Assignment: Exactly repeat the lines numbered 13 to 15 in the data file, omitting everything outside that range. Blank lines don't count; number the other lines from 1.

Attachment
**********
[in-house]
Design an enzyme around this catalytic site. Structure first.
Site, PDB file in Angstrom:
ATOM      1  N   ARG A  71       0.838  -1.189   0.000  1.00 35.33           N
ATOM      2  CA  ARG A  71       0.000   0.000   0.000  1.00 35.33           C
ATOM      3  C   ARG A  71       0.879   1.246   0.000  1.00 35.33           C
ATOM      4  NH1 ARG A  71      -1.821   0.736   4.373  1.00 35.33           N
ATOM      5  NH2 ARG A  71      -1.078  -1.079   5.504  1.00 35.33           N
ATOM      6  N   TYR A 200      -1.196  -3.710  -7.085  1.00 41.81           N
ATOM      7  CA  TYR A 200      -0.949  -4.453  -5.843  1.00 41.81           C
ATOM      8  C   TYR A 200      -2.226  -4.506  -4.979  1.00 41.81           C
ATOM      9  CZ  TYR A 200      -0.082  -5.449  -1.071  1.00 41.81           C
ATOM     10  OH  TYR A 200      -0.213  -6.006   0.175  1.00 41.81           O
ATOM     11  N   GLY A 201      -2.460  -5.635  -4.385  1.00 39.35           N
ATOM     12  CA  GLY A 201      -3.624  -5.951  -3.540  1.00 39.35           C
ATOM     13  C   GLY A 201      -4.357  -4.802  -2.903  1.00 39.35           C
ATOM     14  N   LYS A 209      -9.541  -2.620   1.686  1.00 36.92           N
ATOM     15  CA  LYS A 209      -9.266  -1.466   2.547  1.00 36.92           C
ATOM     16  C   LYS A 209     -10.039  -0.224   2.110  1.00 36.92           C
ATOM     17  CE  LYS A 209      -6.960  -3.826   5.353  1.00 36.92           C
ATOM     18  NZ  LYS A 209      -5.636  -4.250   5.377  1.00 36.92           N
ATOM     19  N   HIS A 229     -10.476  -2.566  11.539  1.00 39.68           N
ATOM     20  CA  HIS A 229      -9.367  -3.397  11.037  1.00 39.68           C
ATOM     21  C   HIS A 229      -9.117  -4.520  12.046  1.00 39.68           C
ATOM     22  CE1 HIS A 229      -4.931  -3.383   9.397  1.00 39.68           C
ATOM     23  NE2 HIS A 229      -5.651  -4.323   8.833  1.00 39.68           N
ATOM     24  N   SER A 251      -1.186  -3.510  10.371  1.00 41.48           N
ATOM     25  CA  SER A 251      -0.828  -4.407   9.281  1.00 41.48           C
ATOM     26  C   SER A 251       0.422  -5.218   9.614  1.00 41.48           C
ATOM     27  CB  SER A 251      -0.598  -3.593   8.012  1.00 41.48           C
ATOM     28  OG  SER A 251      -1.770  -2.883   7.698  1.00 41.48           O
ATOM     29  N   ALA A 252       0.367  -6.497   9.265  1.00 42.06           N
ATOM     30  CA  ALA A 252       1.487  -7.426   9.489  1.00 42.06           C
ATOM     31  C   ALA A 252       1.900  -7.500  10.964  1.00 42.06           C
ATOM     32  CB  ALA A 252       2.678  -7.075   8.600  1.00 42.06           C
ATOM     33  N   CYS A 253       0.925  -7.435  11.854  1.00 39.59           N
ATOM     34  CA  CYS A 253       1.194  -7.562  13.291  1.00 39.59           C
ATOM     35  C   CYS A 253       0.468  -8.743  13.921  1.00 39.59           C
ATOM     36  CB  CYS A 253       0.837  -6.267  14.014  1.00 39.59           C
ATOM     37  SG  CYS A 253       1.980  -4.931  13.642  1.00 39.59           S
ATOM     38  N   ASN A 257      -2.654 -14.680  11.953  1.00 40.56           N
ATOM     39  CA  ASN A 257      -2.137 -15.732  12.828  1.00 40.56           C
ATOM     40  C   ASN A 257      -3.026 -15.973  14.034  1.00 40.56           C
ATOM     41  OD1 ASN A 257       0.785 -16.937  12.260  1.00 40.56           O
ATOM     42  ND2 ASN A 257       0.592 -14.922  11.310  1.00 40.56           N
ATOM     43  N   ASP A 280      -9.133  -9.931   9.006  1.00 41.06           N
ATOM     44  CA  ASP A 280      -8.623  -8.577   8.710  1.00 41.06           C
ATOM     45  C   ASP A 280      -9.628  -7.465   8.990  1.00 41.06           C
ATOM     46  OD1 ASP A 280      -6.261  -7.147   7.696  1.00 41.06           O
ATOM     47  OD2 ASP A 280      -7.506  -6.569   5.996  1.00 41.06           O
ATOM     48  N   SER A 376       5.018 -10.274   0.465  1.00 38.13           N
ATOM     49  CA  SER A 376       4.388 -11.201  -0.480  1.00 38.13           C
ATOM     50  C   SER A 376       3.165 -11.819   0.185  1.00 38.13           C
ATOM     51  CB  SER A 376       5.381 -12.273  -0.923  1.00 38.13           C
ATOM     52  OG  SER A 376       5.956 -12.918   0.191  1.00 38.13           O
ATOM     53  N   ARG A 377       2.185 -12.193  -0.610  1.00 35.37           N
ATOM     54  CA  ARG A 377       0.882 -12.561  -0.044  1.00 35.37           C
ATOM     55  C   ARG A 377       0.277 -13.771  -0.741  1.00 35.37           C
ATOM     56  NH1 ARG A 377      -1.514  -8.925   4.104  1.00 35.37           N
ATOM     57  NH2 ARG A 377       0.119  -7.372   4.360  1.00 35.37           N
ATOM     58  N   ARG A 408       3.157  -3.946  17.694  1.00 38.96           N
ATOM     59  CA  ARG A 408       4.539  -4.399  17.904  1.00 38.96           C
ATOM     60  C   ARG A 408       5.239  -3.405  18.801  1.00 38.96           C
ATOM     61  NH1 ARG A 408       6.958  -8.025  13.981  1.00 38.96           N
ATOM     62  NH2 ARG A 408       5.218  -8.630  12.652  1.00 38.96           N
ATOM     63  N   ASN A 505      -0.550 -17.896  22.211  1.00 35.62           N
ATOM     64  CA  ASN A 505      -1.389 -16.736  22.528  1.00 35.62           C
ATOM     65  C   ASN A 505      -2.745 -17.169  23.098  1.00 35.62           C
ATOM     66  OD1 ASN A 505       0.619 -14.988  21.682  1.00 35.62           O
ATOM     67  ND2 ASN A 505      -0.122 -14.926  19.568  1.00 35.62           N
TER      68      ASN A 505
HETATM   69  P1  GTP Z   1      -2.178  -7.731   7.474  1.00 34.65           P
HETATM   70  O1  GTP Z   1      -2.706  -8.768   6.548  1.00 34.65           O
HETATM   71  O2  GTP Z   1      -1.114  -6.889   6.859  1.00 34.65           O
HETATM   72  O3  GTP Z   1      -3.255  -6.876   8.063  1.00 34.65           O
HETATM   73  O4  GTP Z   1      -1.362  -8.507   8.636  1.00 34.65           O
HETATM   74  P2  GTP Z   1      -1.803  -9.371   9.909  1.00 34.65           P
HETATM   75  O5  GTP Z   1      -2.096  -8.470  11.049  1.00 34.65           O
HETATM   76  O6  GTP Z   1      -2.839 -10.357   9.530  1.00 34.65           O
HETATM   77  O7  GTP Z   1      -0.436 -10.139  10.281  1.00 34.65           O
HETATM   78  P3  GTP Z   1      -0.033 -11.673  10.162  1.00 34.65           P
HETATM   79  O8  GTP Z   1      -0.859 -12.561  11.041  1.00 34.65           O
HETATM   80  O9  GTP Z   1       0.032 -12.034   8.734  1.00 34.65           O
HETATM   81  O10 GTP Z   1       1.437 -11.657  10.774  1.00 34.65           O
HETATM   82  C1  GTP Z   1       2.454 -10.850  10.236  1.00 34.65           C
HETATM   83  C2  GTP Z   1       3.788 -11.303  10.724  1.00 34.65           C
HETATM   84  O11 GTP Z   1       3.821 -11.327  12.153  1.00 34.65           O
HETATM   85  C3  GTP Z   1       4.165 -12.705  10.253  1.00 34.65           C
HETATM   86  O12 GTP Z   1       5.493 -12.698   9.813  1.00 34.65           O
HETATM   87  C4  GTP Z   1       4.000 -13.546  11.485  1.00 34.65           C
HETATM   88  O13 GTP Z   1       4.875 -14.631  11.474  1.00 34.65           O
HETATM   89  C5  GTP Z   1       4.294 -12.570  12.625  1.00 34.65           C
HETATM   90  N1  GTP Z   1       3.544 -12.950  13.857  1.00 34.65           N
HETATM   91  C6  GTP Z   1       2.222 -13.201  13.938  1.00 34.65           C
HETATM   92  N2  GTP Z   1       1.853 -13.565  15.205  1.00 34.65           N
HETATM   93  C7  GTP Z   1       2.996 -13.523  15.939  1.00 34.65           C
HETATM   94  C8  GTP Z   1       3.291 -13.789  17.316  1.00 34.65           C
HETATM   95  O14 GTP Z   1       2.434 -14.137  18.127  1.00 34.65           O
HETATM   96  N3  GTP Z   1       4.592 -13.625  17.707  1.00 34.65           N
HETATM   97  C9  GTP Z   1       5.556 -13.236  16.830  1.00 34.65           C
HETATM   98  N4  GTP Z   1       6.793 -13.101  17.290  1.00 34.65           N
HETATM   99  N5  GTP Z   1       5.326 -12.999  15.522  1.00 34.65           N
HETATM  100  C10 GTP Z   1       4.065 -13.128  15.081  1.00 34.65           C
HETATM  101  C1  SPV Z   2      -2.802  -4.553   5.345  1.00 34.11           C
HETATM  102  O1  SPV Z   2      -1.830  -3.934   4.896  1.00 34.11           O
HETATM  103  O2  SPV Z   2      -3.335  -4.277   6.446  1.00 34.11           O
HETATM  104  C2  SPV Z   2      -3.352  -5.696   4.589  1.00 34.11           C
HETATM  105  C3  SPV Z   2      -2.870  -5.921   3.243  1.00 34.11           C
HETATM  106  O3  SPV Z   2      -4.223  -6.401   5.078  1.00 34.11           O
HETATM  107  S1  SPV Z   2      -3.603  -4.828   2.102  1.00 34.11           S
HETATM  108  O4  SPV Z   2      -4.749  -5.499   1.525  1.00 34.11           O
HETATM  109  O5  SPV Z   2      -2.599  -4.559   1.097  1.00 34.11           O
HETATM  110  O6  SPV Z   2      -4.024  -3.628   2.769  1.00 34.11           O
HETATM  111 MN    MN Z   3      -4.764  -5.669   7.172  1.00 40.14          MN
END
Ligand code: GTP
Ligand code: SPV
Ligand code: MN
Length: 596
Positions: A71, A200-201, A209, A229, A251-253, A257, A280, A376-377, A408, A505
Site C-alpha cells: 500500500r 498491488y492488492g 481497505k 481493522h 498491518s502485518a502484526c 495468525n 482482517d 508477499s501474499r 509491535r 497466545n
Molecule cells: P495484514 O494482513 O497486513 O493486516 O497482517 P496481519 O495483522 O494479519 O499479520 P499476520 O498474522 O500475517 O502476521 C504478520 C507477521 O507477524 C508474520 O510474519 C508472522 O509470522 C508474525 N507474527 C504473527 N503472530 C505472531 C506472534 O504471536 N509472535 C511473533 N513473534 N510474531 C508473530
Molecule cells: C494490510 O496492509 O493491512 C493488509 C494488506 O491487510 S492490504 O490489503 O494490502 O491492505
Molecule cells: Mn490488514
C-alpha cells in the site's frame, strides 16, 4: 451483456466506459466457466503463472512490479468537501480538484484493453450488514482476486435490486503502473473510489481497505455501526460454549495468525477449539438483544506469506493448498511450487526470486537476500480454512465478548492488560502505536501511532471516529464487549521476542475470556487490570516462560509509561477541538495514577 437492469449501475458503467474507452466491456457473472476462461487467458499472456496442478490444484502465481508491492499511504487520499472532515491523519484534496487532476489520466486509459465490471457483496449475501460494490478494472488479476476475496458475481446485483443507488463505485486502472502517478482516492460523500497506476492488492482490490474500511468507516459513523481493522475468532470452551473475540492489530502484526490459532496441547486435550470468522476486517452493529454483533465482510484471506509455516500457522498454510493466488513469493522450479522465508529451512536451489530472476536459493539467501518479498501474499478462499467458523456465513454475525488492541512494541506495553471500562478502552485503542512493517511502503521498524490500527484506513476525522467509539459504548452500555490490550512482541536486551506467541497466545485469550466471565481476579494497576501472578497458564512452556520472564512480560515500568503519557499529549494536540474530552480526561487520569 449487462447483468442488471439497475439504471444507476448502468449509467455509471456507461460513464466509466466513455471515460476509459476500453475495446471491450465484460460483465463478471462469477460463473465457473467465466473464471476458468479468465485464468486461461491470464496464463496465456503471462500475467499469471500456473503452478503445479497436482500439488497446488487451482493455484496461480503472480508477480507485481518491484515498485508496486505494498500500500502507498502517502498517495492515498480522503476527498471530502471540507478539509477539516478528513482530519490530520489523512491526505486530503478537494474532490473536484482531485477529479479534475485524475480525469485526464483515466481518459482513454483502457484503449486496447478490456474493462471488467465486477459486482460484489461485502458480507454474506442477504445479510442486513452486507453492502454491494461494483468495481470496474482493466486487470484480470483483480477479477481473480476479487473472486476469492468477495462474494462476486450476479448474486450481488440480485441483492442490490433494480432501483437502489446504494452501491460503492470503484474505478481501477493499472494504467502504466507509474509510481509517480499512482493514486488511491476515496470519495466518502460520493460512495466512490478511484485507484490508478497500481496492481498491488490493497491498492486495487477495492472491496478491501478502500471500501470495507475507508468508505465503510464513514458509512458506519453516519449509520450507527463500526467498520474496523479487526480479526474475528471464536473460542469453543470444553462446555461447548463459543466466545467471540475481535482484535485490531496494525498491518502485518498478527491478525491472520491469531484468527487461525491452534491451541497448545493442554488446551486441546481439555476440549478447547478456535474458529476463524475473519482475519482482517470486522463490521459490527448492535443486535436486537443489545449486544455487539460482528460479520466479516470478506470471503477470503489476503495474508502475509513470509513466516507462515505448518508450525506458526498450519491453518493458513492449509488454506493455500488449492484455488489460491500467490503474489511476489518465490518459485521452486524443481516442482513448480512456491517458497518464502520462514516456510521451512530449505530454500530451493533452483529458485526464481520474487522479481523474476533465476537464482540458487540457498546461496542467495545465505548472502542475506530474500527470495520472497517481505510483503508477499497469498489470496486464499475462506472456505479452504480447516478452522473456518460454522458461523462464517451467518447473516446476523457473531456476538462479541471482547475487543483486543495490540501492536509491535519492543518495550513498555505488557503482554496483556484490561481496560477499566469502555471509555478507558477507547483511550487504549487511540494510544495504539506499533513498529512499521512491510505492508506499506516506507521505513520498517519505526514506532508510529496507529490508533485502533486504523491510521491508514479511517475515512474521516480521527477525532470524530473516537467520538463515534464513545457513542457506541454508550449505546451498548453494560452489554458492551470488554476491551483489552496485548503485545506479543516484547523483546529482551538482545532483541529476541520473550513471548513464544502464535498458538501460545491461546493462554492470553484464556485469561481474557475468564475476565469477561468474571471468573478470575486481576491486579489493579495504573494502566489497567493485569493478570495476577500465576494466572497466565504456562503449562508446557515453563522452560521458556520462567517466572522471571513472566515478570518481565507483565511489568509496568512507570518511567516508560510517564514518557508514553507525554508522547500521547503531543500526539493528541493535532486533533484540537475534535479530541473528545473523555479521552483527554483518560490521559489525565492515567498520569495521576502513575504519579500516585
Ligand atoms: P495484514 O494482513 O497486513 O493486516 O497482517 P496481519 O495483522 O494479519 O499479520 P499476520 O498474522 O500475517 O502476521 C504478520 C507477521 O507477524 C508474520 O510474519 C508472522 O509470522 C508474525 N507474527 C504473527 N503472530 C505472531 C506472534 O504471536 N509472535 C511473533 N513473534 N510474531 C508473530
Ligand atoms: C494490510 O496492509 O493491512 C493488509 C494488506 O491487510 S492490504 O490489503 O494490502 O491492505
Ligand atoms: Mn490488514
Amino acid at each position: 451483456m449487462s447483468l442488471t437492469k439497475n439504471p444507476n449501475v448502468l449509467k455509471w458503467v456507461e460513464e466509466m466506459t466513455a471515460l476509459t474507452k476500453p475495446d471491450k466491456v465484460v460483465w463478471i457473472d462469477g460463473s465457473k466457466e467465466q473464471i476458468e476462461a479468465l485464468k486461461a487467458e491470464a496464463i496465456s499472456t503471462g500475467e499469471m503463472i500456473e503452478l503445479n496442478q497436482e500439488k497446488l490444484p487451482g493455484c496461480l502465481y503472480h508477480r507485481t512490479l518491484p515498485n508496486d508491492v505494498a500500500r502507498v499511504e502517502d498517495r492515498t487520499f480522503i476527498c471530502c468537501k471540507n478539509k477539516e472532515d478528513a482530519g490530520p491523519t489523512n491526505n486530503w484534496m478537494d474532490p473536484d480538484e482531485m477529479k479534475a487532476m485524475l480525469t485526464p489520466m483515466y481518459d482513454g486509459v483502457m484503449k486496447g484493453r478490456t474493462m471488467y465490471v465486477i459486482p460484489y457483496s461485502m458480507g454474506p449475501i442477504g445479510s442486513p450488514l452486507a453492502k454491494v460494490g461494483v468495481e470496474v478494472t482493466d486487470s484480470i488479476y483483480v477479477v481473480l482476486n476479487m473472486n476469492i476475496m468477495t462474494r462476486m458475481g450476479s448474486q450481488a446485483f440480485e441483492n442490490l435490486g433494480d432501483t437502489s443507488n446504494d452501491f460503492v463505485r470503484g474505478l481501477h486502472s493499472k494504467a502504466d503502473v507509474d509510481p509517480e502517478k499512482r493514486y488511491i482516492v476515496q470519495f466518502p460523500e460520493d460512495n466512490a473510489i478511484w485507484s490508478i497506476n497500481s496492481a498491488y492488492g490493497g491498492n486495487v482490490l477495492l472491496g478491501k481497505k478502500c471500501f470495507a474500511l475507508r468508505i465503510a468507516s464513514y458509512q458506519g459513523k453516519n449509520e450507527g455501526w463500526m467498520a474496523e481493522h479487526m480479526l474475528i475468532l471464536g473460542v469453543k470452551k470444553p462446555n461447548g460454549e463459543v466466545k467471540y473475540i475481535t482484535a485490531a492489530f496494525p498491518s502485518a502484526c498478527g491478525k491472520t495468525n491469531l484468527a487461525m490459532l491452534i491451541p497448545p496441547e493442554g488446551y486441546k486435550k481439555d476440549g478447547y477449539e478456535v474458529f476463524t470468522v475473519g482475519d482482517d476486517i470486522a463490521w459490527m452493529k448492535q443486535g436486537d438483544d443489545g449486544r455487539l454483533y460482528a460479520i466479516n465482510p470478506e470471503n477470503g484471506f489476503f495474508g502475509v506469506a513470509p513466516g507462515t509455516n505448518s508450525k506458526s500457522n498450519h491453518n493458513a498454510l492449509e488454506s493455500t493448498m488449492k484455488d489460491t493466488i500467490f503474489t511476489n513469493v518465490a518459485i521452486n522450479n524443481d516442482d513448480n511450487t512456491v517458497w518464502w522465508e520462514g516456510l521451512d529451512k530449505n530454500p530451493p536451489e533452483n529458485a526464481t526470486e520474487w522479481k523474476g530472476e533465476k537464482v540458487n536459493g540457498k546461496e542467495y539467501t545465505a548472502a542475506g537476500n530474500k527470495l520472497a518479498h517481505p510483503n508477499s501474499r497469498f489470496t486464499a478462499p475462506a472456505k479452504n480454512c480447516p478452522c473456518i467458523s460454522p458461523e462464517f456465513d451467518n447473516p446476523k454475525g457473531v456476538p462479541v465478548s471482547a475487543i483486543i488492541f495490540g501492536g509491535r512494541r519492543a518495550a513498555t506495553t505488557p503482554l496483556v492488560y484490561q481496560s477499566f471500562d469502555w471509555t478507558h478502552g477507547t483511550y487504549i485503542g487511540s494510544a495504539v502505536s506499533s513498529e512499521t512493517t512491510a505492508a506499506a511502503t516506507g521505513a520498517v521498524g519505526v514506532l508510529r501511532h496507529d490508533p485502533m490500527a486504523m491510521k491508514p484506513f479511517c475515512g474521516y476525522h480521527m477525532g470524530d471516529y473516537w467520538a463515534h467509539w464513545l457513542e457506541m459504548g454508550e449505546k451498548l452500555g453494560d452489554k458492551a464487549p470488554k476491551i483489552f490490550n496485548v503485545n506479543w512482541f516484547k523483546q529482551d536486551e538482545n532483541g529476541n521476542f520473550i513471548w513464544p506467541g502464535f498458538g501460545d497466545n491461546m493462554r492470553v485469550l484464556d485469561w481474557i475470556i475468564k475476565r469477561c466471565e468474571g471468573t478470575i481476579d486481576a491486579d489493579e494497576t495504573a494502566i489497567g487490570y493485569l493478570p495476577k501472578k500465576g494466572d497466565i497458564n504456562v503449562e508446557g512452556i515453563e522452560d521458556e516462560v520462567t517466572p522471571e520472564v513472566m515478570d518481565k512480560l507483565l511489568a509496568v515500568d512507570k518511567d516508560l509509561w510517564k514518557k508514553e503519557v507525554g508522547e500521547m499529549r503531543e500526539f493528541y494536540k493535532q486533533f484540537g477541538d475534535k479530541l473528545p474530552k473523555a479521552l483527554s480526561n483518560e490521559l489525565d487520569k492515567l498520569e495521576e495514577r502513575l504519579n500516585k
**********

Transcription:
ATOM     10  OH  TYR A 200      -0.213  -6.006   0.175  1.00 41.81           O
ATOM     11  N   GLY A 201      -2.460  -5.635  -4.385  1.00 39.35           N
ATOM     12  CA  GLY A 201      -3.624  -5.951  -3.540  1.00 39.35           C